By the way, we’re taking all the good pot, too. You get that dirtweed from Mexico and Kansas ditches.

Peace out,
The Blue States

An Unemployed Person’s Lament

My story: After nine years with the same company, I fell victim to the Peter Principle and lost my job. I worked at a series of retail and temp jobs while figuring out what to do next, and I finally decided to go back to school. I cashed in some IRA money, got my paralegal certificate from San Francisco State University (I got my bachelor’s years ago) and graduated a few months ago with one B (in Wills and Trusts) and A’s in everything else.

Since I graduated, I’ve been doing everything I’m supposed to be doing to look for work, and I have nothing to show for it, despite my supposed brilliance. I’ve gone to job fairs, joined the local professional associations, and networked with everyone I know. Of course, I’ve sent out plenty of résumés with politely worded cover letters, too. I may have to resort to more guerrilla tactics soon, such as hanging out with the panhandlers in the Montgomery BART station during rush hour with a stack of résumés and a big sign that says “HIRE ME.”

The legal profession (among many others) has long been one where everyone is expected to put in lots of overtime. Perhaps it’s time to rethink this culture and spread out all those work hours among more people. Whatever happened to the eight-hour work day?

All I want is an entry-level paralegal (or even a legal secretary) position so I can pay my (few) bills and put away a little savings. Since I’m single with no dependents, I’m cheaper than an employee with a family and I can guarantee that I’ll never take maternity leave. Is that too much to ask?

If you want to look at my résumé, it’s posted on the “About Me” section of this blog. Thank you.

Artifact: The Joy of Cooking, 1964 edition

In the 50s and 60s, my grandfather worked for Bobbs-Merrill Publishing in Indianapolis, where he was editor of the United States Code, Annotated. (For you legal folks who are familiar with this title, he did it without computers. Oh. My. God.)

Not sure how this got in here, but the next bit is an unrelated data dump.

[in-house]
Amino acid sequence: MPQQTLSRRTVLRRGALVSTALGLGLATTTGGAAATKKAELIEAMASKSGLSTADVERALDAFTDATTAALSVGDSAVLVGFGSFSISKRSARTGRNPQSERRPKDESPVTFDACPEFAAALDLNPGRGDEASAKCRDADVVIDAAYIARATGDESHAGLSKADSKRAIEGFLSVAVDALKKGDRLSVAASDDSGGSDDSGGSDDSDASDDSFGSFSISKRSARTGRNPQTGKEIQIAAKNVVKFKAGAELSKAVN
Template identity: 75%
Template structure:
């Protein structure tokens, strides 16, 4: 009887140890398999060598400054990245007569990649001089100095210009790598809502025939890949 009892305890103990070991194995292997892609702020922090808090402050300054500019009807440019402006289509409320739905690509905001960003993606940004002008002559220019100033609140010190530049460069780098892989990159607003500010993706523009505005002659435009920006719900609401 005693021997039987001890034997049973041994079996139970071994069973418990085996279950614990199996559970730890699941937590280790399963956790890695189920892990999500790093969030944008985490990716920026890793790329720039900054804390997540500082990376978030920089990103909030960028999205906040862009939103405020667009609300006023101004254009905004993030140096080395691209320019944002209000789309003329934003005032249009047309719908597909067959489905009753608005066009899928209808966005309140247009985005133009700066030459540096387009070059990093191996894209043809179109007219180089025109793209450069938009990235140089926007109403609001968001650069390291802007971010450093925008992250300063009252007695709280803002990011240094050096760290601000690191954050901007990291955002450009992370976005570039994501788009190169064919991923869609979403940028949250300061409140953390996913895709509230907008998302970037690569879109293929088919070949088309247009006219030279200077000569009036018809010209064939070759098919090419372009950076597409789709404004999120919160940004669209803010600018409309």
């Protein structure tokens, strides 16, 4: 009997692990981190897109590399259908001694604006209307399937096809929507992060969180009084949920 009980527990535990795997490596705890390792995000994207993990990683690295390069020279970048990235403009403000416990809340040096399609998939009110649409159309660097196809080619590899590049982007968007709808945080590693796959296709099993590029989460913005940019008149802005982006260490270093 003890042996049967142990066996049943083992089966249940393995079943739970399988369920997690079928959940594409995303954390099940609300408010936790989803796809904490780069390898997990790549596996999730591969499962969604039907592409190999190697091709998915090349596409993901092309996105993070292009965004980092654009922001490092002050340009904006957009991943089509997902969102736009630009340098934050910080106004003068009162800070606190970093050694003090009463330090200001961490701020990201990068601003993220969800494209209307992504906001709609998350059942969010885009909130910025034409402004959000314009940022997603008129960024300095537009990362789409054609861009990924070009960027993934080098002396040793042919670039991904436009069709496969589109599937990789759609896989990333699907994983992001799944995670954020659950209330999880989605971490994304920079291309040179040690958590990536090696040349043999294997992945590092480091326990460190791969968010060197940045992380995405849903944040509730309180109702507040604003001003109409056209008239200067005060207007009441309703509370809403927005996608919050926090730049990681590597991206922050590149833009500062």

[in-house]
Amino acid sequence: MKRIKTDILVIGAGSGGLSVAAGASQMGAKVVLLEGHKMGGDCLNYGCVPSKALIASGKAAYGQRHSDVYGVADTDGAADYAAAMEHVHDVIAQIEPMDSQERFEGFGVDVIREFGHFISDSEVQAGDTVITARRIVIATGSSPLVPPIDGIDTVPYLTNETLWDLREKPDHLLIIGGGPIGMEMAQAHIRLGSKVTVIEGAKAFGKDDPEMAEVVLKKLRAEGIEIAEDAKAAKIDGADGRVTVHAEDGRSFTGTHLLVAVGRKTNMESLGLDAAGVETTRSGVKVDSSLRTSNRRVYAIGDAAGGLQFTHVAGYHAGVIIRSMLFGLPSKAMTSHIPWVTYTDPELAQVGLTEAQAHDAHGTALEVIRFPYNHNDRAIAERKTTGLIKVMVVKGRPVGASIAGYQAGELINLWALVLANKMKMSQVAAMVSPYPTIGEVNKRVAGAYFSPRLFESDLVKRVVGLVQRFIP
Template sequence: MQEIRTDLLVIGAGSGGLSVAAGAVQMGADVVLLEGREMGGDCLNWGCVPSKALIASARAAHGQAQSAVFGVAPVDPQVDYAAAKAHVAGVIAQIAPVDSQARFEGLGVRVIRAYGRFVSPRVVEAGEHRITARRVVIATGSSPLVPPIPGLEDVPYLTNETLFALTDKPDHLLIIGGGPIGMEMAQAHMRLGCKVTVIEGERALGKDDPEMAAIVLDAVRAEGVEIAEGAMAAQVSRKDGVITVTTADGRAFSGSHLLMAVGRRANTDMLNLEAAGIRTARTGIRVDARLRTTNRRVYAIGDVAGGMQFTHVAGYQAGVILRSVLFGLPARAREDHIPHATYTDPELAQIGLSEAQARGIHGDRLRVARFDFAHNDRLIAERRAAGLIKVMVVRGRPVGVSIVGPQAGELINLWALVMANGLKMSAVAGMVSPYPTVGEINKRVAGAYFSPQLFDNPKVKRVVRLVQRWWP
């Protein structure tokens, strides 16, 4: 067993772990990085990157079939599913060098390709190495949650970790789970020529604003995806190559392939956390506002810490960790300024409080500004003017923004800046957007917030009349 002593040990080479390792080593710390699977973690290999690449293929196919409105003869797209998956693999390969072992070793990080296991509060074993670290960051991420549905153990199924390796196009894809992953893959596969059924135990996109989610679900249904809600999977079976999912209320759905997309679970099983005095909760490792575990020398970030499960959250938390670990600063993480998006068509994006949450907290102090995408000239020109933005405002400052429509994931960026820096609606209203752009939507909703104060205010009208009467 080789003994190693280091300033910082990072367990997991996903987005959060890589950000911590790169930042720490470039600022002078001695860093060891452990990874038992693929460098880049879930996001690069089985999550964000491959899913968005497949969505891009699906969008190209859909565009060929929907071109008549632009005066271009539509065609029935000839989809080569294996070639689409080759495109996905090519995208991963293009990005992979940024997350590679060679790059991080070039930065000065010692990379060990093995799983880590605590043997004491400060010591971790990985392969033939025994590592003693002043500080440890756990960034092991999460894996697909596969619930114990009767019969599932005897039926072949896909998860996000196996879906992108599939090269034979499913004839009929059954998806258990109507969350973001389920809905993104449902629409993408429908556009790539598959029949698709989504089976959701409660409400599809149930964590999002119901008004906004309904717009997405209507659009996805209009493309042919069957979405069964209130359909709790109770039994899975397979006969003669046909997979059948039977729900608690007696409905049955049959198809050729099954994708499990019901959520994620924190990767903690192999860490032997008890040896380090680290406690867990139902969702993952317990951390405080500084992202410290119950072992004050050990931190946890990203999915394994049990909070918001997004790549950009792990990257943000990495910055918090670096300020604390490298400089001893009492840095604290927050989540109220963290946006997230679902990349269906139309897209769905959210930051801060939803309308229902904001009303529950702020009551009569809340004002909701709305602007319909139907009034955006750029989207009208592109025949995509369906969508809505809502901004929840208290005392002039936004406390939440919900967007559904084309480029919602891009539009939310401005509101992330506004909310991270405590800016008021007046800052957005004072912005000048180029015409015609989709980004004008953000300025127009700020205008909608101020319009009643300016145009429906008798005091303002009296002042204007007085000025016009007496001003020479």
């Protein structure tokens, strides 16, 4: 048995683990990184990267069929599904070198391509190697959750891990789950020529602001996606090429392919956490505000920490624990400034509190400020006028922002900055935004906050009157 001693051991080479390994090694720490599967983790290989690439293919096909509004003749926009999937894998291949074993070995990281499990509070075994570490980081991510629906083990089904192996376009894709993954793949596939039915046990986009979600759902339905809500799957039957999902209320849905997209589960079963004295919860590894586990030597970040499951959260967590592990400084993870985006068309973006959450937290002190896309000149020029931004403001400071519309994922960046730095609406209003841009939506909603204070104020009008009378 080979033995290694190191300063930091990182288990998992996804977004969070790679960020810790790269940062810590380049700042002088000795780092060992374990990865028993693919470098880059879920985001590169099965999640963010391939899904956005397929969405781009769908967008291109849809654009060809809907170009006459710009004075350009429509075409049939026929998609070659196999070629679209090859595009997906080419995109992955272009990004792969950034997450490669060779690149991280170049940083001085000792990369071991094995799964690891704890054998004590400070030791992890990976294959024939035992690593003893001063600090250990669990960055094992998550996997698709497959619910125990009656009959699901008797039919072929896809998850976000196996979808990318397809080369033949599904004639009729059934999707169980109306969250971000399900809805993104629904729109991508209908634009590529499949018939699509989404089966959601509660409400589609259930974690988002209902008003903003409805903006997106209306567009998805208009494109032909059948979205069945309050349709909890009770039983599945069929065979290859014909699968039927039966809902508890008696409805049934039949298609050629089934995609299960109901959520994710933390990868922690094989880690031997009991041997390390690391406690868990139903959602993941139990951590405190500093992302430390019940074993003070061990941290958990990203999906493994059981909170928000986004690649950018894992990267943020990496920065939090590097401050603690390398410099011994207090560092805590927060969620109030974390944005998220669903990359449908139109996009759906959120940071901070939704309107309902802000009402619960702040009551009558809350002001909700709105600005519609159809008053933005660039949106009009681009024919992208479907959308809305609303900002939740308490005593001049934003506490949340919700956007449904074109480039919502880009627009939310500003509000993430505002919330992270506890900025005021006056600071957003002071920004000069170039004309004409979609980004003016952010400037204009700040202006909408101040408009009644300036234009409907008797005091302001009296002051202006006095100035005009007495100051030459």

Grandpa brought a lot of books home from work that I assume he got for free because they were damaged or defective. We have a lot of Bobbs-Merrill books spread throughout my family that have the wrong cover, were printed upside down, or something. Bobbs-Merrill had some serious quality-control issues in their printing plant, apparently.

My copy of The Joy of Cooking is one of these defective books, stamped “corners bent.” It’s defective in a lot of other ways, too: there are recipes calling for cyclamate sweeteners and MSG, it advocates dangerous methods of home canning (botulism, anyone?), and is filled with plenty of tips on how to please your husband with food (no, that’s not what I meant…you guys sure have filthy minds).

This copy of The Joy of Cooking came to me from my mother when I graduated from college and moved into my first apartment. It predates saccharine, NutraSweet, non-gringo Mexican and Asian cuisines, and most obviously feminism.

“Millions of brides have been given JOY OF COOKING as a one-volume insurance against any and all kitchen crises.” Ugh.

The illustrations are little simple line drawings, so fortunately we’re spared those supersaturated-color recipe illustrations of yesteryear. (More pictures of food disasters here)

There’s a lot of good stuff in here too, however. For example, if you hunt or fish, this book contains everything you need to know about cleaning, dressing and preparing all sorts of wild game. This is good for me to know, because if my unemployment continues for much longer, I’ll be eating squirrels, pigeons and raccoons for dinner. (Of course in 1964, you’d be cooking whatever dead animals your husband brought home, right?)

I mostly use this book as a reference, to look up things like cooking times and temperatures for various foods. If you know little or nothing about cooking, you can find all the basic information you need here – the kind of information that never goes out of date.